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January 22, 2019

Kenya Was Built On A Hangover

Last week, I spent an evening on the phone with a friend chattering about many things – weddings, men, me on Jeff Koinange’s show with Binyavanga Wainaina, Kenya’s first openly gay man , and of course the new traffic laws.

The more we talked, the clearer it became that our entertainment budgets are going to have to grow to accommodate a taxi to get us home, or we will have to imbibe less to foot that bill.

Alternatively we will grow accustomed to having a designated driver; one person who remains sober all evening to make sure that everyone gets home safe.

It just does not sound cool does it? We work hard and we should be free to drink responsibly, right? We are adults, right? It feels like we are being punished and you know what? We should be punished if our behaviour puts the lives of others at risk.

We should be punished for drinking and driving. We, as a country, have just invested heavily on roads and the death toll has risen to staggering numbers. Roads that were meant to advance our economy now look like they could become a curse and we have to manage that.

With the new devolved government, our spending in counties and the huge wage bill, we must keep all tax payers alive and working if only so they can pay the bills.

That alcohol is poisonous is not new information. That we need to consume less of it is also common knowledge. What isn’t common is that if we knew how to control our drinking, we would have done it by now.

Alcohol is not only eating away at our livers and other vital organs, it is destroying our families. In 2012, women in Central Province were twangaing their husbands out of frustration over how much they drank, how little money they made and how poorly they performed in the bedroom.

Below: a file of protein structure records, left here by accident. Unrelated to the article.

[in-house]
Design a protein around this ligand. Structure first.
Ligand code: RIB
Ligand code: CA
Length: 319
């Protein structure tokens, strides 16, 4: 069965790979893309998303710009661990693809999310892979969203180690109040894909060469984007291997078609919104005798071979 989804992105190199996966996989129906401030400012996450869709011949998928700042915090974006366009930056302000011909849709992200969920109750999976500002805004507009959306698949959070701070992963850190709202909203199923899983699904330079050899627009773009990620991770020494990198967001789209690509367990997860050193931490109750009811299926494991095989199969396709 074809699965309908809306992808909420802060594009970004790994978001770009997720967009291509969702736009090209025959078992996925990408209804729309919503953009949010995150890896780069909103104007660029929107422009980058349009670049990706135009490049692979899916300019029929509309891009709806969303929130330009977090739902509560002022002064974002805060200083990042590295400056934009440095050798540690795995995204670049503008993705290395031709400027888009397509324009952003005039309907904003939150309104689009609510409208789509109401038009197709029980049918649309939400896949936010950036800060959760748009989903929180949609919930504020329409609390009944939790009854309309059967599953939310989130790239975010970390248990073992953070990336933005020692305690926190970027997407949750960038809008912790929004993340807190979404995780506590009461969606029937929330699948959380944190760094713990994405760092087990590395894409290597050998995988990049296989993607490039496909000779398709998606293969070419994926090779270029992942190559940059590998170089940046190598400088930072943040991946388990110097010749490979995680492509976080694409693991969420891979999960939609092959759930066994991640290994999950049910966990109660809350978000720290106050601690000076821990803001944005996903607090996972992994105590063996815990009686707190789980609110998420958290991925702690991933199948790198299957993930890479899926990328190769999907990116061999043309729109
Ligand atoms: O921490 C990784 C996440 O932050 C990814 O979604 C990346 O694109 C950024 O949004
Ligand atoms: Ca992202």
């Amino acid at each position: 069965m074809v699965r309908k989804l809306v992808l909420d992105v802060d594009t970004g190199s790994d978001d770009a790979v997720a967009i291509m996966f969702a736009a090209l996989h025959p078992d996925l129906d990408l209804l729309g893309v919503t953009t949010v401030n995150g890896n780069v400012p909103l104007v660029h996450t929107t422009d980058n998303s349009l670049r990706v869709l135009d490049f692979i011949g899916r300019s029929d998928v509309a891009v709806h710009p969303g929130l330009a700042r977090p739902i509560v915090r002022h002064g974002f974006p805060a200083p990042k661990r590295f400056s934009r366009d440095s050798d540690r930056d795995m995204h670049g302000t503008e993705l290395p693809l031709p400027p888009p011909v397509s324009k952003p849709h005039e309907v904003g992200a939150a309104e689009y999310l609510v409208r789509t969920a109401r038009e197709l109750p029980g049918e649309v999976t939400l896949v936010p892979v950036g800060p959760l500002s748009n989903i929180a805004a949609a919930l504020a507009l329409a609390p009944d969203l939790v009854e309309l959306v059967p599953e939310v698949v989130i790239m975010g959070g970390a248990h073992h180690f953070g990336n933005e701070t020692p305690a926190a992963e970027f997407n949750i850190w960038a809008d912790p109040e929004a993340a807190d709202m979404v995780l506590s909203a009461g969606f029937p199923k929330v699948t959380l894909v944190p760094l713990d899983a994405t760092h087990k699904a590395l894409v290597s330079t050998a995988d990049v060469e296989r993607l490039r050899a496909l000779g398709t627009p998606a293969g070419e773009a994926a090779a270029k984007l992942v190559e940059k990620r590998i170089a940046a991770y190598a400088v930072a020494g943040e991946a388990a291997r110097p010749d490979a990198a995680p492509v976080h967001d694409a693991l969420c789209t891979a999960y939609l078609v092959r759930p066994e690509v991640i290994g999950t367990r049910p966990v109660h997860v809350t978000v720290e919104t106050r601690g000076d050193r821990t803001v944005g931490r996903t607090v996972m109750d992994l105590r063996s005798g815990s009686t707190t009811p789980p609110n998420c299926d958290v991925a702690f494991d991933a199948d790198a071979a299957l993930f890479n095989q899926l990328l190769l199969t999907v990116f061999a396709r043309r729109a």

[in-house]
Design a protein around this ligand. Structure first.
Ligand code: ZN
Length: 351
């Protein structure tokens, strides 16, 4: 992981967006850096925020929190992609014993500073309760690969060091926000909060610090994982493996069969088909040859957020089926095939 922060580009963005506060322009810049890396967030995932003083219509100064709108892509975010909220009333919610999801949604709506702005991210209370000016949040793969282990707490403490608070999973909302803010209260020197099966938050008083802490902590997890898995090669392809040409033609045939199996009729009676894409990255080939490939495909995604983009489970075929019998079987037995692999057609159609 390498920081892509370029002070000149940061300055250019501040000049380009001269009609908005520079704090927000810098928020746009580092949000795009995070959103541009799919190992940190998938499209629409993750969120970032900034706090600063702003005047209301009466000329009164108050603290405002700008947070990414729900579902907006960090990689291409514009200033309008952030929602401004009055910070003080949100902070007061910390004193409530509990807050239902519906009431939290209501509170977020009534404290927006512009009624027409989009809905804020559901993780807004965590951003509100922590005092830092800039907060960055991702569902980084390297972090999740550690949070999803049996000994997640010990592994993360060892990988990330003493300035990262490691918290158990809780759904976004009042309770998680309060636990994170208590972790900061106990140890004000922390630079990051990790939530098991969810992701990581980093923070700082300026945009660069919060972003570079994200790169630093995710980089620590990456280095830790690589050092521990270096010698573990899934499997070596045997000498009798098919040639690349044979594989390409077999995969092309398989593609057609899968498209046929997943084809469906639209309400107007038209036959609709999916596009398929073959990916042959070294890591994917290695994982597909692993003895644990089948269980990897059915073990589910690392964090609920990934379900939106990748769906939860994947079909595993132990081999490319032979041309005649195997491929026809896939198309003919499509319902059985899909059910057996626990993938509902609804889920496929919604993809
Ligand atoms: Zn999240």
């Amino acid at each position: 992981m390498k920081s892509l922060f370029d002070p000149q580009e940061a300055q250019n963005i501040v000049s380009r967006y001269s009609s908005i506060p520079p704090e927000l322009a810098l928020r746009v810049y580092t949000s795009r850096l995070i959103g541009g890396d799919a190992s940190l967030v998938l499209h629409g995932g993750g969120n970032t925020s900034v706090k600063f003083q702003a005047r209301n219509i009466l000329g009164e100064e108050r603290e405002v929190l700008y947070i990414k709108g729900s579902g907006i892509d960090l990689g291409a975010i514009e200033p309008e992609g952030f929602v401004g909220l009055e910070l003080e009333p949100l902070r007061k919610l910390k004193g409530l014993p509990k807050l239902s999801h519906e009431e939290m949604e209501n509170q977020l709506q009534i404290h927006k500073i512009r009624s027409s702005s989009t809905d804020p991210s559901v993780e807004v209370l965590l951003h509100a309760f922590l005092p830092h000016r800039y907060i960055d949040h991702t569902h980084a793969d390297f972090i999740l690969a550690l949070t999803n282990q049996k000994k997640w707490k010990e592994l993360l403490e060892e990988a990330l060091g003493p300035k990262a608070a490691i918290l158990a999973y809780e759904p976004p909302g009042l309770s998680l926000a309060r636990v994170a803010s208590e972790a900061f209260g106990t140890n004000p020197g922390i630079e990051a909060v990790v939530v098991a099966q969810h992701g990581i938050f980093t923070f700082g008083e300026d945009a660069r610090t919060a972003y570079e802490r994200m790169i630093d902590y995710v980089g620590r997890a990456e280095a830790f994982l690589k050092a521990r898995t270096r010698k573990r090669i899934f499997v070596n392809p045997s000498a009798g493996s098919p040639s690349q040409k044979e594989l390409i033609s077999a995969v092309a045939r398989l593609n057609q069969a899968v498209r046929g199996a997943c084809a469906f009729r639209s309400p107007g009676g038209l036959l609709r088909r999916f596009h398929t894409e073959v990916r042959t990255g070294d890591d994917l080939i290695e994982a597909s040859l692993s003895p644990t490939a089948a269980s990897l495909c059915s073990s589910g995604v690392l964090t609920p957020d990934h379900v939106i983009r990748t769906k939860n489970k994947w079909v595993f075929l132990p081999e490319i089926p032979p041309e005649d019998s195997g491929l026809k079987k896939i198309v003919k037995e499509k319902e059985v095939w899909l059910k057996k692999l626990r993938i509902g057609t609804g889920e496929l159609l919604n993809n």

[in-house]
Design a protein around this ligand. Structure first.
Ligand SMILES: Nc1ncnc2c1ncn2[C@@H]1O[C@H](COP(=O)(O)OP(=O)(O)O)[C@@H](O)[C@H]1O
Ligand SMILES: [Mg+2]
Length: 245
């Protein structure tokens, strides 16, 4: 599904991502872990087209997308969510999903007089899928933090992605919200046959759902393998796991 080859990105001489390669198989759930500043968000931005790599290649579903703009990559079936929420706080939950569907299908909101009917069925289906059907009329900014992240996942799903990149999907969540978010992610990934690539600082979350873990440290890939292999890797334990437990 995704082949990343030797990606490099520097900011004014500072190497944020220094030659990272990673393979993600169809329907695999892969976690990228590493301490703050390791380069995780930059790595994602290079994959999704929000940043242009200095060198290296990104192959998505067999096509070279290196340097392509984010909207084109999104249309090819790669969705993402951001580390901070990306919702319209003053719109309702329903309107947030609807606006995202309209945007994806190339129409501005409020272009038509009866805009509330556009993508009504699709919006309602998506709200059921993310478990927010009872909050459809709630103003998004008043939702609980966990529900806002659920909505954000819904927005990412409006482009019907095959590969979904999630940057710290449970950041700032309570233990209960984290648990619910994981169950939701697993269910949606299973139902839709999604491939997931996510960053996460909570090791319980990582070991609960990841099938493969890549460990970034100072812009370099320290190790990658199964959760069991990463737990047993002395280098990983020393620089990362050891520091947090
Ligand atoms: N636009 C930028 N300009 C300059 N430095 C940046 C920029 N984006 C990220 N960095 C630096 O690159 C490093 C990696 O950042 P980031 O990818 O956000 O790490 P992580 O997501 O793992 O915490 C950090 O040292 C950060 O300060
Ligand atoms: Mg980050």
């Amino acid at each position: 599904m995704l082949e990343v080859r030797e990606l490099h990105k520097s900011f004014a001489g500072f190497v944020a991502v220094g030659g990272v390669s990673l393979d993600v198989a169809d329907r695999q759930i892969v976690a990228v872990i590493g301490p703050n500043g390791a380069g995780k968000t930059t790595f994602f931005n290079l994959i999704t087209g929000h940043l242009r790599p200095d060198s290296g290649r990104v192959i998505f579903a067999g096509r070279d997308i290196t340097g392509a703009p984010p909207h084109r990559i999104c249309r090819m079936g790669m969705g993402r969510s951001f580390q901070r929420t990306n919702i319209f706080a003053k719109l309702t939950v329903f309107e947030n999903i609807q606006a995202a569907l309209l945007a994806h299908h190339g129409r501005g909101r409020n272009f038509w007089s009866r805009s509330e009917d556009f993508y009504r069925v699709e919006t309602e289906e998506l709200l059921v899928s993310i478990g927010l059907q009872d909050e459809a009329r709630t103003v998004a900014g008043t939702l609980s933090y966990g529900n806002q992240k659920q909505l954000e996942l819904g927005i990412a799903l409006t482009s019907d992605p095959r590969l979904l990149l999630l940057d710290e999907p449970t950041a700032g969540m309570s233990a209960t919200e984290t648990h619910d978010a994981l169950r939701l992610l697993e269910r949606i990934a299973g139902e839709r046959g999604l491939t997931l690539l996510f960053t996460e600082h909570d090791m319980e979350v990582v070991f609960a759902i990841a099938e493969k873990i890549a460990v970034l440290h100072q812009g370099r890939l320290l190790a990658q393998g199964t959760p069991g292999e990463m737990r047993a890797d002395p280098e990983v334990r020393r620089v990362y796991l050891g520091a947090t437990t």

I am afraid it is only a matter of time before this type of frustration becomes common place for wives (and husbands). Every so often I joke that this country was built on a hangover – drunken dating that leads to unhappy unions; bleary-eyed parents reaching for a mara moja before dropping kids off a school and heading to the office; dehydrated workers who are two steps away from a full-on temper tantrum and a truth that few of us like to admit: we all know someone who died in a road accident.

Nairobi and Kenya as a whole are being celebrated as a hub for economic growth and wealth creation. Foreign investment is streaming in and we are excited about job creation and entrepreneurial opportunity. It is all there and ours for the taking but frankly we have to be sober or all we'll be is employees curing a hangover.

I am happy about the new traffic laws and I think they should be followed up with education on how to drink responsibly [we are told to do it but few of us know how], and perhaps a specific tax imposed on intoxicants can fund addiction recovery programmes.

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